A summary of social care stories from the main newspapers

By Clare Jerrom and Reg McKay.

Relocation of refugees ‘should not be

The government should allow local communities more time to
prepare for the arrival of groups of asylum-seekers, in order to
prevent future clashes such as those in Glasgow, according to a
local government chief.

Local Government Association chief executive Brian Briscoe
warned that support services had to be in place before large groups
of refugees arrived in clusters, often in deprived areas. At the
same time, Downing Street denied that a Home Office review of the
dispersal system meant the scheme had failed.

Briscoe added that time was essential to prepare local residents
in dispersal areas and explain to them the circumstances that
refugees were escaping from.

But the review of the dispersal system will not reassess the
principle behind the dispersal scheme. Instead, it will concentrate
on how effectively asylum-seekers are being integrated into
communities to which they are dispersed.

Source:- The Guardian Tuesday 14 August 2001 page 4

Hunger strike stresses plight of

The chaos surrounding the refugee dispersal system resulted in a
group of 36 jailed asylum-seekers entering the sixth day of hunger
strike and demonstrations outside the Home Office to denounce
attacks on those seeking sanctuary in Britain.

The hunger strikers at Cardiff prison are among more than 1,100
people being held in prisons in England and Wales as detainees
under the Immigration Act. Many are being detained alongside
criminals due to a shortage of detention centres.

The protest outside the Home Office follows the murder of a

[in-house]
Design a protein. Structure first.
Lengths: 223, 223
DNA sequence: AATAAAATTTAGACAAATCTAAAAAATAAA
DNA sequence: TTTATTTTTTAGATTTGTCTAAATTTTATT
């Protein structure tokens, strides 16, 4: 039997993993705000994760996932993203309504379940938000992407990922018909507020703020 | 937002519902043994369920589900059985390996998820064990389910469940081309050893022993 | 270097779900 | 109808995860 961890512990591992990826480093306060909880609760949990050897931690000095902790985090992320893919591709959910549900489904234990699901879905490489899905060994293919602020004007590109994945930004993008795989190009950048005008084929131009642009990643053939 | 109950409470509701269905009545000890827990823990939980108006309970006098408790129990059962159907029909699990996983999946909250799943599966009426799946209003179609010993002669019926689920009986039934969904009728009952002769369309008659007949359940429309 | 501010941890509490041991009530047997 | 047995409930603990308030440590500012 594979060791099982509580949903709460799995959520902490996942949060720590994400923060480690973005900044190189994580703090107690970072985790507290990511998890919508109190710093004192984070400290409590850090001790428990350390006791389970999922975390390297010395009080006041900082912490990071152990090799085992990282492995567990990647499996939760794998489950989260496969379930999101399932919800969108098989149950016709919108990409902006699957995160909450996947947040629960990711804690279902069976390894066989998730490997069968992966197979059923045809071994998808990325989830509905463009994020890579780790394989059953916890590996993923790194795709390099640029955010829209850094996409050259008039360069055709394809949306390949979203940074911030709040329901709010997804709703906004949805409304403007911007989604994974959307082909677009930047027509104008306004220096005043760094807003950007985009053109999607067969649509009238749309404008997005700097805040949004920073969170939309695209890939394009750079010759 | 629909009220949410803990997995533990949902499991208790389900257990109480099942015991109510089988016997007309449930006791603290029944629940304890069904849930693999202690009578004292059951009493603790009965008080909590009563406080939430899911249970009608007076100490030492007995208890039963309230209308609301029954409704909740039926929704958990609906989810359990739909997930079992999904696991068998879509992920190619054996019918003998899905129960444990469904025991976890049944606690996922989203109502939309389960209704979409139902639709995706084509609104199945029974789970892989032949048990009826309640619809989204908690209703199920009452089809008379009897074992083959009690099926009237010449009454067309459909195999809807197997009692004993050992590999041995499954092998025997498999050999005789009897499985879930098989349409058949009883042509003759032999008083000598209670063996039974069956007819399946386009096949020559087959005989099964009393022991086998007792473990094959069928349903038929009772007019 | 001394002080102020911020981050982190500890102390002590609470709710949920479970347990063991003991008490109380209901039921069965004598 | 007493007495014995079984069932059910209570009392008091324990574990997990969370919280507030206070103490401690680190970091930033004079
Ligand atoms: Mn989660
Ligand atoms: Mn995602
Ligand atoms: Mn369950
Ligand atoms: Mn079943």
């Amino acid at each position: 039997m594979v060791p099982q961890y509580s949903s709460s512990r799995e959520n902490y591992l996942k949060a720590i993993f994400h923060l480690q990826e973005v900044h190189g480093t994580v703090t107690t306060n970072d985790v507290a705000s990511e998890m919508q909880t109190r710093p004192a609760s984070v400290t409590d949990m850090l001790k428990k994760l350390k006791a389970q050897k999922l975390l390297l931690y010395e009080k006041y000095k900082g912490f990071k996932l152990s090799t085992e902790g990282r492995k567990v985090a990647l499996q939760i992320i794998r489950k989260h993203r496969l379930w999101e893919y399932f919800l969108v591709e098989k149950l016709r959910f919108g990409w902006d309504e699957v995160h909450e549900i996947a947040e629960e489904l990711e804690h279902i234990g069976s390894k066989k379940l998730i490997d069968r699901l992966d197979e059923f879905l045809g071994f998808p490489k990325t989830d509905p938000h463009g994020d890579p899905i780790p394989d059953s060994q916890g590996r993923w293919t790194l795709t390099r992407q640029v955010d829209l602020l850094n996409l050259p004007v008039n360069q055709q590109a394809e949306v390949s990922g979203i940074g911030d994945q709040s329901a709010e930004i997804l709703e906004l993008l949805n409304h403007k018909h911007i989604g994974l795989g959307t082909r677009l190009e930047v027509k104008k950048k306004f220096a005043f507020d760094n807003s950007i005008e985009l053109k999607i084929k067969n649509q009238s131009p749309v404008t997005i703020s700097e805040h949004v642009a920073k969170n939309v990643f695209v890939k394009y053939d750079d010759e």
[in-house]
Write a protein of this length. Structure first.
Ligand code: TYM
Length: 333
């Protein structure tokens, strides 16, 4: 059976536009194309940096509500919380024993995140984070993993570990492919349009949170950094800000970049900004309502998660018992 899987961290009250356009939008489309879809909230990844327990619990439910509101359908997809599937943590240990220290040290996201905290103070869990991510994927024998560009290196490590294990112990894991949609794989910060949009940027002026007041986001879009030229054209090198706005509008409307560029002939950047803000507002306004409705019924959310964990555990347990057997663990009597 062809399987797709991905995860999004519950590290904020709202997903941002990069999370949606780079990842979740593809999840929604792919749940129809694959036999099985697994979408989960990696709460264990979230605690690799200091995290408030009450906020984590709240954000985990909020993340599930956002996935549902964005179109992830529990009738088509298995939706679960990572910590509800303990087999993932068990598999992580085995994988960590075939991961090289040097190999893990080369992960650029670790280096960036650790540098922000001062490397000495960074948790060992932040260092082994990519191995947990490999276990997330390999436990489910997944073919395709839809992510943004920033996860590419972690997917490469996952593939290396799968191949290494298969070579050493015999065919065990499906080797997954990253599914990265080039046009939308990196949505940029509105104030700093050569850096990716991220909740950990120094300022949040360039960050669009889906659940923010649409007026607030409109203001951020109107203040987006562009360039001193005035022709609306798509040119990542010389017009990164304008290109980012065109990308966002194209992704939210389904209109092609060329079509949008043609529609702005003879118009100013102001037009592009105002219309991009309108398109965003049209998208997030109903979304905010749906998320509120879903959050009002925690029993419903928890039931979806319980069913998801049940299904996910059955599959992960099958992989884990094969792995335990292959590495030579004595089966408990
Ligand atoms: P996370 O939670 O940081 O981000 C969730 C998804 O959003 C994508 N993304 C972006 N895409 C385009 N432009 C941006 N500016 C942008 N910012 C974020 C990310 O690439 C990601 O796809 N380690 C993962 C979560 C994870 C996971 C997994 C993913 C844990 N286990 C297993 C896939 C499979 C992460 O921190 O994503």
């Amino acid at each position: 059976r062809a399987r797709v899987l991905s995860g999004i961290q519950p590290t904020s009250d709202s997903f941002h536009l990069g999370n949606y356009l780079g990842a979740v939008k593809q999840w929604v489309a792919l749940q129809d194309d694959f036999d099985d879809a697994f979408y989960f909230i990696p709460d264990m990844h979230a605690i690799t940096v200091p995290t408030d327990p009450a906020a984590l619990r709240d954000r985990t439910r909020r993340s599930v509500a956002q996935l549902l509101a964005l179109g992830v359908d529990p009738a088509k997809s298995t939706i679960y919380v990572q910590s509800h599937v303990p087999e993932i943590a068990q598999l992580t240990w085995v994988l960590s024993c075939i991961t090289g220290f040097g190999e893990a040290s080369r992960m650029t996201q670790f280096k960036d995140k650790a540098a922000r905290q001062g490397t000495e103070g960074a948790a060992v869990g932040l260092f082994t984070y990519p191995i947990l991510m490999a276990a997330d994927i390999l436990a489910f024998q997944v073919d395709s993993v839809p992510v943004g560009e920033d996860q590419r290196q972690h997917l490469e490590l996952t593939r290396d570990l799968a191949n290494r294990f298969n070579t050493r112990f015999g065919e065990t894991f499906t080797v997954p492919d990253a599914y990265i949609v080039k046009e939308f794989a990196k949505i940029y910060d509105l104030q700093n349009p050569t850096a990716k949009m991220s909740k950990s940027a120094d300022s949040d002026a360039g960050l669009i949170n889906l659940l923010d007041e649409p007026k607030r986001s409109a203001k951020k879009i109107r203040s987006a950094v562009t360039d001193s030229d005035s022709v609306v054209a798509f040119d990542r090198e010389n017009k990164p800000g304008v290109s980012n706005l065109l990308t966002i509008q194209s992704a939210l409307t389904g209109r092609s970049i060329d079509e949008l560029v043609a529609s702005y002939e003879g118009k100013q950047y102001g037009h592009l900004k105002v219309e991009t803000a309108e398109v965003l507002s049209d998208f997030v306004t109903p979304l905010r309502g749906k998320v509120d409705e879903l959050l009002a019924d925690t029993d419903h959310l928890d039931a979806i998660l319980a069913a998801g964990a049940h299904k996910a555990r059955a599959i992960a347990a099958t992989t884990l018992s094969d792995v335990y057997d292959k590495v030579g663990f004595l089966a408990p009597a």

Kurdish refugee last week in Glasgow, which precipitated a review
of the resettlement scheme.

Source:- Independent Tuesday 14 August 2001 page 6

More asylum-seekers will face being sent

The number of failed asylum-seekers deported to their native
countries will rise dramatically, ministers have warned.

The Home Office has confirmed that 60,000 ‘bogus’
asylum-seekers will be removed in two years under new targets.

Last year there were 76,000 asylum claims, but only 8,000 who
had their case rejected were deported.

The tougher targets should ease the pressure on communities
where tension is rising between locals and asylum-seekers.

Source:- Daily Mail Tuesday 14 August 2001 page 2

Police ‘too busy’ to monitor

A lack of resources in the police force is resulting in
paedophiles and sex offenders roaming unchecked because officers
are too busy to monitor them properly.

Senior officers are too busy trying to cut burglary and other
high-volume crimes to devote vital manpower to checks on sex
offenders, according to a Home Office report.

The report describes a “general problem of confusion and
misunderstanding” surrounding the sex offenders register and risk
assessments, while even key officers such as detective inspectors
had “only a hazy understanding” of the system.

The Association of Chief Police Officers said public
expectations over monitoring paedophiles could only be met with
more manpower.

Source:- Daily Mail Tuesday 14 August 2001 page 15

Scottish newspapers

Service co-ordinator for asylum-seekers

Glasgow City Council yesterday announced the appointment of a
co-ordinator of council services for asylum-seekers and refugees in
the city. Dawn Corbett, a policy officer to the chief executive,
will undertake the task of ensuring that all council departments
are responding to asylum-seekers’ needs. Making the
announcement, Charles Gordon, leader of the council, appealed to
Glasgow’s middle classes to stop “pontificating” on the
asylum-seeker crisis and “do a bit more that is practical”.

Source:- The Herald Tuesday 14 August 2001 page 1

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